against the Giants in his career, posting a 3-0 record and a 1.13 ERA in 3
career starts. Lincecum, 2-1 in his first post-season with a 1.93 ERA, has never
faced Texas. However, Lee went 2-0 against the Bombers in last year’s Series and
New York still won their 27th World Championship, so he is clearly no
guaranteed Series win for Texas. Texas will still need C.J. Wilson (15-8, 3.35),
Colby Lewis (12-13, 3.72), and Tommy Hunter (13-4, 3.73) to deliver championship
performances as well if Texas is to win it all.
What could end up being a key factor in this
series may have awarded to the Giants back in July when Brian McCann’s 7th
inning double in the All-Star game gave the NL a 3-1 win over the AL and handed
San Francisco the Series home field advantage. The Giants had the 4th
best team ERA in baseball at home (3.07) in 2010 and allowed just 64 long balls
(t-6th fewest in MLB). Spacious
Willie Mays Field at AT&T Park will help San Francisco’s pitching
staff to nullify the Rangers' offensive advantage.
And while the Giants will benefit in Game’s 3-5 in
Texas not only by being able to hide a defensively challenged player such as Pat
Burrell or Pablo Sandoval in the DH role, but by also being able to add another
bat to the lineup, the Rangers will be forced in Game’s 1 and 2, and possibly 6
and 7, to either sit Vladimir Guerrero or play him in right field, therefore
weakening themselves either offensively or defensively.
They say the Rangers' offensive juggernaut will
score too much for San Francisco. They say the Giants hitters won’t score
enough. But this season, this scrappy band of Giants players have proven the
experts wrong again and again. Despite their offensive shortcomings, they have
beaten teams with better pitching than what Texas has (Atlanta led by Tim Hudson and
Derek Lowe ranked 3rd in MLB in team ERA and Philadelphia with their
triple-aces Roy Halladay, Roy Oswalt and Cole Hamels placed 6th), and
their pitchers have already proven steady under fire from a top flight offense.
The Giants have been led brilliantly by manager Bruce Bochy and their collective
confidence can best be illustrated by the words of 21-year old rookie 4th
starter Madison Bumgarner (7-6, 3.00) after he surrendered a lead-off double in
the bottom of the 6th inning of Game 6 of the NLCS. Facing Ben Francisco with one out in a tie game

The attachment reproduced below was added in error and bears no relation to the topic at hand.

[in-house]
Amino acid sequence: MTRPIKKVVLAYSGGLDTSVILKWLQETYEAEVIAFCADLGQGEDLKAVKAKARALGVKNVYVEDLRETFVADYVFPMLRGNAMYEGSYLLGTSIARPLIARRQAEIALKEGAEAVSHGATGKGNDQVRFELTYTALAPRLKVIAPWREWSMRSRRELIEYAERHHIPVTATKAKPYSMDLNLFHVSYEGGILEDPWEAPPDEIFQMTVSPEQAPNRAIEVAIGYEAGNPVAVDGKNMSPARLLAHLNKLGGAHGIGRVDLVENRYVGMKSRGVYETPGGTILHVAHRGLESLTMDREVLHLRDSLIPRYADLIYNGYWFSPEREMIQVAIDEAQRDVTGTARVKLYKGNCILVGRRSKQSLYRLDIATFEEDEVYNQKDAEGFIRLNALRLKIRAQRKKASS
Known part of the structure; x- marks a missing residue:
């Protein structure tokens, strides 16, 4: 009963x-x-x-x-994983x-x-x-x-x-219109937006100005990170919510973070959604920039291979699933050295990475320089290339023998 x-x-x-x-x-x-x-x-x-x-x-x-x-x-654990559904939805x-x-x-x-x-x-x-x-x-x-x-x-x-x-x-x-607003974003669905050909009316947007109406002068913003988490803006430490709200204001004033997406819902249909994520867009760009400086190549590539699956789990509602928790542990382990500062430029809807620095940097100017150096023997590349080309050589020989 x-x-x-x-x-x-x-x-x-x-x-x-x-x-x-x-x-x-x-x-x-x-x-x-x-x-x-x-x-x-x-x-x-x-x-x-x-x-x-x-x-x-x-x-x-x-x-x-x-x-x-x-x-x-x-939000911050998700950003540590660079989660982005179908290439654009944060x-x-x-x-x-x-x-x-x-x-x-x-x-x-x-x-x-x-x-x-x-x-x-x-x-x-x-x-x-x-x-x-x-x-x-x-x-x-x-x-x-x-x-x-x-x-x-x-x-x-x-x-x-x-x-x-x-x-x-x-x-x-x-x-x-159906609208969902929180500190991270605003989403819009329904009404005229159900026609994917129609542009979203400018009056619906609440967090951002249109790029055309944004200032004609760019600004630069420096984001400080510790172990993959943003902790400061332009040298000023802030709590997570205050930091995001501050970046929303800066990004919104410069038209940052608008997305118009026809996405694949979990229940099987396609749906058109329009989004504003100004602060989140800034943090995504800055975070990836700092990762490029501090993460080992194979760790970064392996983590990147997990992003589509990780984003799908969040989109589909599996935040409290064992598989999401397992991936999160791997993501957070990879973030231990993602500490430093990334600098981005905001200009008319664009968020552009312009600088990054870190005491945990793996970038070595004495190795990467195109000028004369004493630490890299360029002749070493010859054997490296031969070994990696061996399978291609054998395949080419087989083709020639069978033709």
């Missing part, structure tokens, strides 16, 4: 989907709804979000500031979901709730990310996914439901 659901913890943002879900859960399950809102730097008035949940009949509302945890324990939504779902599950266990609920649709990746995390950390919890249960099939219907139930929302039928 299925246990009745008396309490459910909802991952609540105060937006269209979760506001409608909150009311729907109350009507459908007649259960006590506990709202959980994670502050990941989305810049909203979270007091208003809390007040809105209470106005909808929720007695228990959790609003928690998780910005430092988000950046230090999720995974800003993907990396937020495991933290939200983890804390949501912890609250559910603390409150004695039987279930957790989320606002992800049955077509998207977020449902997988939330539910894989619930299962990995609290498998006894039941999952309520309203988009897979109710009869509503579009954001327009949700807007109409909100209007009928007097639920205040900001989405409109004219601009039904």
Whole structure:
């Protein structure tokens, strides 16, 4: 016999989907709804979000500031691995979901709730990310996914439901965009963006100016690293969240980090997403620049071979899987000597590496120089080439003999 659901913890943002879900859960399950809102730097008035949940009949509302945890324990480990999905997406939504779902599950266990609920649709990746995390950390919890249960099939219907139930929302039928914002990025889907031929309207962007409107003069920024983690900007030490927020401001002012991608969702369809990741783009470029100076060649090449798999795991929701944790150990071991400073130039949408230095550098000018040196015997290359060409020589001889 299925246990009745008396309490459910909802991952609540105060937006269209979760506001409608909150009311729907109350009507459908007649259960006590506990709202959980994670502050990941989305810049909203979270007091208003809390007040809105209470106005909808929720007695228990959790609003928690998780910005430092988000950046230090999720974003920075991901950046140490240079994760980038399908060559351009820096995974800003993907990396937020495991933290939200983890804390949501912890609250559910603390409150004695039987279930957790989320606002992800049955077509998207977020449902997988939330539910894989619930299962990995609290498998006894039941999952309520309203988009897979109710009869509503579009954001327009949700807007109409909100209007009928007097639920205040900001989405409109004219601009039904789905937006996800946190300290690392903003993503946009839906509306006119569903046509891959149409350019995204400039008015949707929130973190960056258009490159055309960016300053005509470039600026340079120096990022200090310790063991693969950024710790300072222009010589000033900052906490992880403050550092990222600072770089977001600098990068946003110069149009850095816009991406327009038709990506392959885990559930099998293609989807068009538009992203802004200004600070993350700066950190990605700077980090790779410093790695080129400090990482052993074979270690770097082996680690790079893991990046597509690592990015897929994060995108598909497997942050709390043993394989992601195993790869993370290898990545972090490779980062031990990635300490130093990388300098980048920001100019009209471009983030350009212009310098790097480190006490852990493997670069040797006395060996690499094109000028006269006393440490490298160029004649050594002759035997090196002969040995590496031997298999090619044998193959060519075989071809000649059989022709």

after a sacrifice bunt moved Raul Ibanez to third, Bumgarner told first baseman
Aubrey Huff, “I’ll strike this guy out right here and we’re gonna get outta this
thing.” Pitching in relief on just two days rest, Bumgarner then proceeded to
strike out Francisco looking and then got Jimmy Rollins to fly out to promptly
end the threat. Even Joe “The Mouth” Buck and sidekick Tim
McCarver commented during the LCS on FOX on the incredibly loose and confident
atmosphere in the Giants clubhouse.
Despite middle-of-the-pack numbers, San Francisco
has gotten timely hits all season long from guys like Huff, Burrell, rookie
catcher and clean-up hitter Buster Posey, and Juan Uribe, who won Game 4 of the
NLCS with a sac fly and sent San Francisco to the World Series with his 8th
inning homer in Game 6. And don’t forget about the Giants secret weapon, Cody
Ross, who won the MVP of the LCS with a .350 batting average and 3 home runs
after being picked up off waivers from Florida in August, ostensibly to keep him
from going to San Diego.
Then there is the bullpen, led by Brian “Fear the
Beard” Wilson, who has notched nine scoreless innings this post-season while
racking up five saves in six chances, and lefty Javier Lopez, who was vital in
the series win over Philadelphia. Lopez, acquired at the trade deadline in July,
has allowed just one hit and one run in seven appearances this October, and was used
primarily in the NLCS to mow down the heart of the Phillies order.
They said the Giants wouldn’t beat Atlanta, though
I had them
winning in five. They said the Phillies would be making their
third straight Series appearance, but I had
the Giants in 7. They say that the Rangers will be too much for
San Francisco this time as well. Well, once again, I disagree. I say the Giants
will prove them wrong one more time, winning it all for the first time since the
days of Willie Mays and Dusty Rhodes. They’ll do it in five games this time,
ending the third longest active World Series drought in baseball and forcing
those nice folks in Arlington to wait at least one more year till they can
celebrate all winter long.
Disagree with something? Got something to add? Wanna bring up something totally new? Richard resides in San Francisco, California and can be reached at firstname.lastname@example.org.